AKC and UKC standards call for male Mastiffs to stand a minimum of 30 inches tall at the shoulders and for females to stand at least 27½ inches tall at the shoulders.  This is only the ideal minimum, many Mastiffs are considerably taller.  Although all Mastiffs are very tall, most are considerably longer than they are tall.  Mastiffs are incredible bulky.  This breed has a very wide and deep chest, as well as very thick bones.  The legs of a full-grown Mastiff are comparable to tree trunks.  This does not mean that a Mastiff is fat, quite the contrary.  Mastiffs are largely muscle and are actually considerably somewhat more lightly built in appearance than many similar breeds.  The tail of the Mastiff is very long, and tapers from a thick base to a narrow tip.  The tail is held straight out at first, with a sight curve at the end.

 

The head of a Mastiff sits at the end of a neck that is so thick and powerful that the two appear indistinct.  The head itself is immense, being very deep and wide, but not especially long.  The head is rounded, making it blend in with the neck to an even greater extent.  The face of this breed is quite flat, especially the part above the muzzle.  The Mastiff is a brachycephalic breed, meaning that has a shortened snout that appears pushed into the face.  The Mastiff’s muzzle often appears as if it is pointing slightly upwards.  While considerably shortened, the Mastiff’s muzzle is far longer in relation to body size than a breed such as a French Bulldog or Pekingese.  The entire face of a Mastiff, and especially the muzzle, are covered in wrinkles.  These wrinkles are both numerous and thick, often obscuring its eyes.  On the lips the wrinkles form large jowls.  The eyes of a Mastiff are set deeply into the head, as well as being small and set far apart.  The ears of this breed are very small for the size of the dog and are being triangular in shape triangular in shape with rounded tips.  The ears of this breed drop down close to the sides of the head, but generally face forwards.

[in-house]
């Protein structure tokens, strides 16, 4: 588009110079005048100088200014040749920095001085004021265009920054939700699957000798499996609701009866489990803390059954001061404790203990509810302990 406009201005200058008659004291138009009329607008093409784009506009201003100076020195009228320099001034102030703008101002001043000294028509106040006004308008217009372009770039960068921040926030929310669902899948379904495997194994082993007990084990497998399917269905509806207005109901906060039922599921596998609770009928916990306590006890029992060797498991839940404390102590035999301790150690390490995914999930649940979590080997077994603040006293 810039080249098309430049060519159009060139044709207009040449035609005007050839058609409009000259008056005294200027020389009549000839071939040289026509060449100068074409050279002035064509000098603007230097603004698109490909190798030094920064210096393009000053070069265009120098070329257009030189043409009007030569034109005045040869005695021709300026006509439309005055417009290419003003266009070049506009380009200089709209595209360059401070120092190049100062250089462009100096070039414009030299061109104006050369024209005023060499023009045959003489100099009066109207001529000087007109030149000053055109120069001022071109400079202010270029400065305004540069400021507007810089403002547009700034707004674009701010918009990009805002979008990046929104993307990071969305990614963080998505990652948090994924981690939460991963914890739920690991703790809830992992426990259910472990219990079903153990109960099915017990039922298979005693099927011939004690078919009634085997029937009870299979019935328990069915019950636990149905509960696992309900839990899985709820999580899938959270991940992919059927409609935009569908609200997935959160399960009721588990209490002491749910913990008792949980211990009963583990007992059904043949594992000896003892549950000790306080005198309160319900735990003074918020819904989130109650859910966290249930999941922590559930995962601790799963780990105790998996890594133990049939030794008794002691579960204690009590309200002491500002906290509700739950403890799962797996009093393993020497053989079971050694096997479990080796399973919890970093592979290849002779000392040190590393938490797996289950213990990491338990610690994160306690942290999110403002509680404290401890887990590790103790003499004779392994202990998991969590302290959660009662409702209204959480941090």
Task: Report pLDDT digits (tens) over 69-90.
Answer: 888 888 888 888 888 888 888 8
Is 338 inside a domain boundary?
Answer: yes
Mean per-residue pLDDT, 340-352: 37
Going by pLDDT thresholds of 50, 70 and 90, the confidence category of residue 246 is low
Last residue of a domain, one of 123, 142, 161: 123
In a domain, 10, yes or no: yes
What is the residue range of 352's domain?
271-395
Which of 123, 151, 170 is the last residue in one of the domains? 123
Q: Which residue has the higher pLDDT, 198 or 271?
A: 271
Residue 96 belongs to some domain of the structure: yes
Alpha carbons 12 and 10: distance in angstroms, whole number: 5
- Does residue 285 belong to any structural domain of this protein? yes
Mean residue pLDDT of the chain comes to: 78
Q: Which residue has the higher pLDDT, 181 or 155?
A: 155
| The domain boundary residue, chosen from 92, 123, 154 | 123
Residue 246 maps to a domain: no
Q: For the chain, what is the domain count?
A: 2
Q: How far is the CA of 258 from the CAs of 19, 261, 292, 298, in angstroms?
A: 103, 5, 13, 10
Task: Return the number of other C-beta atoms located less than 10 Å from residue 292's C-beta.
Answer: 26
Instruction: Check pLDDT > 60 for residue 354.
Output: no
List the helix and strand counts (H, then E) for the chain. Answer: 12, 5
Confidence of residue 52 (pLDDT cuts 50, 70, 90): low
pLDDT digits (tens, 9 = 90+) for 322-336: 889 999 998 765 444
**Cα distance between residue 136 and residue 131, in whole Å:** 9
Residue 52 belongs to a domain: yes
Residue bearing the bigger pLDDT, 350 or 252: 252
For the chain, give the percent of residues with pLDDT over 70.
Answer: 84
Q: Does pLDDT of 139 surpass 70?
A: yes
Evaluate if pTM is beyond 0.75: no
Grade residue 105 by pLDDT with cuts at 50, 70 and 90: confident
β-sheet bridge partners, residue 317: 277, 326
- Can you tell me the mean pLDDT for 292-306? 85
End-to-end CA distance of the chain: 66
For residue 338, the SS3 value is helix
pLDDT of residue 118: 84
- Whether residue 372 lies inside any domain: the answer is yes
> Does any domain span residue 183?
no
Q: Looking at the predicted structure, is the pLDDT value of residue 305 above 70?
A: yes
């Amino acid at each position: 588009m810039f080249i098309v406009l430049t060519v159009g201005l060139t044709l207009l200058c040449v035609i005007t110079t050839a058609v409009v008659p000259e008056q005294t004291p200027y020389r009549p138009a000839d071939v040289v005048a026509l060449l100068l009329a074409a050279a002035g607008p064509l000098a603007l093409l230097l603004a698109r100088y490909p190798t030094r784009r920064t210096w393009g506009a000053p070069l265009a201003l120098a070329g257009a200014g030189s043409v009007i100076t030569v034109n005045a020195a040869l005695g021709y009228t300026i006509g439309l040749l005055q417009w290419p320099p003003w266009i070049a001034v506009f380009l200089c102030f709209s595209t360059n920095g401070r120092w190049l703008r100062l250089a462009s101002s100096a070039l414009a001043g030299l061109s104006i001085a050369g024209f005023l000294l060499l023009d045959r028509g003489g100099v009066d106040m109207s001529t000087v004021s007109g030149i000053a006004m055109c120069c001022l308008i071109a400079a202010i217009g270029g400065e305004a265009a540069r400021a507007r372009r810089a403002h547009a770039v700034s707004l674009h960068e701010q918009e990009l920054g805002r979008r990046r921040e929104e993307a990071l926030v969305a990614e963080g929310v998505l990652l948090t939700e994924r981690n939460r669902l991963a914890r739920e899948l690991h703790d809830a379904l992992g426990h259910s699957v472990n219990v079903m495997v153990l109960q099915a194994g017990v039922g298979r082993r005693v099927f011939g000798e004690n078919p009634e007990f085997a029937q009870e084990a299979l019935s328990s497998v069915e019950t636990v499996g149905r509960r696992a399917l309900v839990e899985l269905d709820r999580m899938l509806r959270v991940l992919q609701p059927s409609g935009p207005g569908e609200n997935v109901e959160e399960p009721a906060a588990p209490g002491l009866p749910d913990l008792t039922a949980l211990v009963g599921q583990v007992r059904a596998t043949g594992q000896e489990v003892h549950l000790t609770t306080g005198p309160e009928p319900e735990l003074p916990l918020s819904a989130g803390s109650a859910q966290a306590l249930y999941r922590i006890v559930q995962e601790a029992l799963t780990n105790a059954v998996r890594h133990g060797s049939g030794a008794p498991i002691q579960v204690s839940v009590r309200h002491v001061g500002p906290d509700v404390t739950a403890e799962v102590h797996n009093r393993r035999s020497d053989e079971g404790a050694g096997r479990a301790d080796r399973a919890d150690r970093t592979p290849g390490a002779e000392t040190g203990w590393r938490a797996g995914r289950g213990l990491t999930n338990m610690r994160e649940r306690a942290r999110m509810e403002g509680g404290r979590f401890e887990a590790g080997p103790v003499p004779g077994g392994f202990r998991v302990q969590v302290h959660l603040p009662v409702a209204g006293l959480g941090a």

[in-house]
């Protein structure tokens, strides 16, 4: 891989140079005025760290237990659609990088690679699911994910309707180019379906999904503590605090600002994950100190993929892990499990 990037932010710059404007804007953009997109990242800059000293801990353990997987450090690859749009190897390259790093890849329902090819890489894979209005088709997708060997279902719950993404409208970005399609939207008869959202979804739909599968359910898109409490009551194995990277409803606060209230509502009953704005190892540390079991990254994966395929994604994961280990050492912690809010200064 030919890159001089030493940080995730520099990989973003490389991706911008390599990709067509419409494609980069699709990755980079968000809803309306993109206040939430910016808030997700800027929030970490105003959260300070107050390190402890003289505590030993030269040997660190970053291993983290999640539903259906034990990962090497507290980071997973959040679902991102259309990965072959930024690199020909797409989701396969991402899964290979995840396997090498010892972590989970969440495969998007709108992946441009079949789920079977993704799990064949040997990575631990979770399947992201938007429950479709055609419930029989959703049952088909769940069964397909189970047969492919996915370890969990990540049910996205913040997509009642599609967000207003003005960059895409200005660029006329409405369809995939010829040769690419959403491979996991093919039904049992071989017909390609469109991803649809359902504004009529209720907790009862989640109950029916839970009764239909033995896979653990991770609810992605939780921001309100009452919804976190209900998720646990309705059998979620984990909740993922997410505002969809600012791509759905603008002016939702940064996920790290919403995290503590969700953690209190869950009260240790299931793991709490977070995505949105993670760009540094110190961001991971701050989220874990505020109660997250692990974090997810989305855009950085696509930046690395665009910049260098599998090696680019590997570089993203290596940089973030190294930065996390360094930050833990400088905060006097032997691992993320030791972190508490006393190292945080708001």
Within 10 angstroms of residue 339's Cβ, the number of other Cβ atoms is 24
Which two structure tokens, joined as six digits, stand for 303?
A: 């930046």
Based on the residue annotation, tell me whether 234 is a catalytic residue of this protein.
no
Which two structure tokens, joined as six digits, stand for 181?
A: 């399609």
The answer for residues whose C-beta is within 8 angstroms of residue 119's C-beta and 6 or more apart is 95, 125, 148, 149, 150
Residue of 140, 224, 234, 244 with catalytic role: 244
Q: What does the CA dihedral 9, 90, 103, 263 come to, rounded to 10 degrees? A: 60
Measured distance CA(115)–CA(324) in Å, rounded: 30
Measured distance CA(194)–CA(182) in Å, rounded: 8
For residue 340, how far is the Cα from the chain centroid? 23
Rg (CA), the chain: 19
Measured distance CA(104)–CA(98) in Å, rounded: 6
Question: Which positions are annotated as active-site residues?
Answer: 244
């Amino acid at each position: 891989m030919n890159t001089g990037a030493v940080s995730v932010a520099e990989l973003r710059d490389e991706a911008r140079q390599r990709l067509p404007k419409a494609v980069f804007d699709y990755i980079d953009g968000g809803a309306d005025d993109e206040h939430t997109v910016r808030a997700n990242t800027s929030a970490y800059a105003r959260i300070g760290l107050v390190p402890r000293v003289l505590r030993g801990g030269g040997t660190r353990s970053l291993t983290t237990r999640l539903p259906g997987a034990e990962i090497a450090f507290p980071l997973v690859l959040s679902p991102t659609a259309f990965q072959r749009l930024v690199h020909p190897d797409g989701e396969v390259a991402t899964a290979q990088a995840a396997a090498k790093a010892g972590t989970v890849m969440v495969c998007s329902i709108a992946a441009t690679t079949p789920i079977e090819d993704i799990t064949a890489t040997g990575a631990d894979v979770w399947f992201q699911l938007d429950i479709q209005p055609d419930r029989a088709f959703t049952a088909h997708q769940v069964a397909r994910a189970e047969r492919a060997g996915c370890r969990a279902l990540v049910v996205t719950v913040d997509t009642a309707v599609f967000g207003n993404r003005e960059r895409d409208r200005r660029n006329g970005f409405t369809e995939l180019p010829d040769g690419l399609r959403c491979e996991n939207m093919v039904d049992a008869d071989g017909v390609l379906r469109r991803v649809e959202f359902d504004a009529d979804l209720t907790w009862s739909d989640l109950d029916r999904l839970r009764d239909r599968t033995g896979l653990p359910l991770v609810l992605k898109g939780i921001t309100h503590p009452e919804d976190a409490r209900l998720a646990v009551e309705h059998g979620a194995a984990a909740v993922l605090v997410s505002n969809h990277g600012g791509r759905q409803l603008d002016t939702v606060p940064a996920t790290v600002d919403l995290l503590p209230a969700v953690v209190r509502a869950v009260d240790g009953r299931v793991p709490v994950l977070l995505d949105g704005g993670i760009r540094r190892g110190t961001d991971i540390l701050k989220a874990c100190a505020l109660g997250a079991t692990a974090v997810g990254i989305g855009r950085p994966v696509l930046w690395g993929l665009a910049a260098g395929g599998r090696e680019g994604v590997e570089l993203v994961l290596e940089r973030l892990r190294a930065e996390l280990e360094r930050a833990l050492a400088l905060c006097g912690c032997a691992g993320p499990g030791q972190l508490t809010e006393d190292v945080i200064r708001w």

The Mastiff is a double-coated breed, with a soft, dense undercoat and a straight, coarse outer coat.  The outer coat should be fairly short but not excessively so.  Mastiffs come in three acceptable color schemes, fawn, apricot, and brindle.  Brindle dogs have fawn or apricot as a base color, but with stripes of a darker color.  All Mastiffs should have a black mask, which covers their muzzles and eyes.  Standards allow for a small patch of white on the chest, and Most Mastiffs, especially fawn-colored ones, do.  Occasionally a primarily black Mastiff is born, but such animals cannot be shown.

 

Temperament: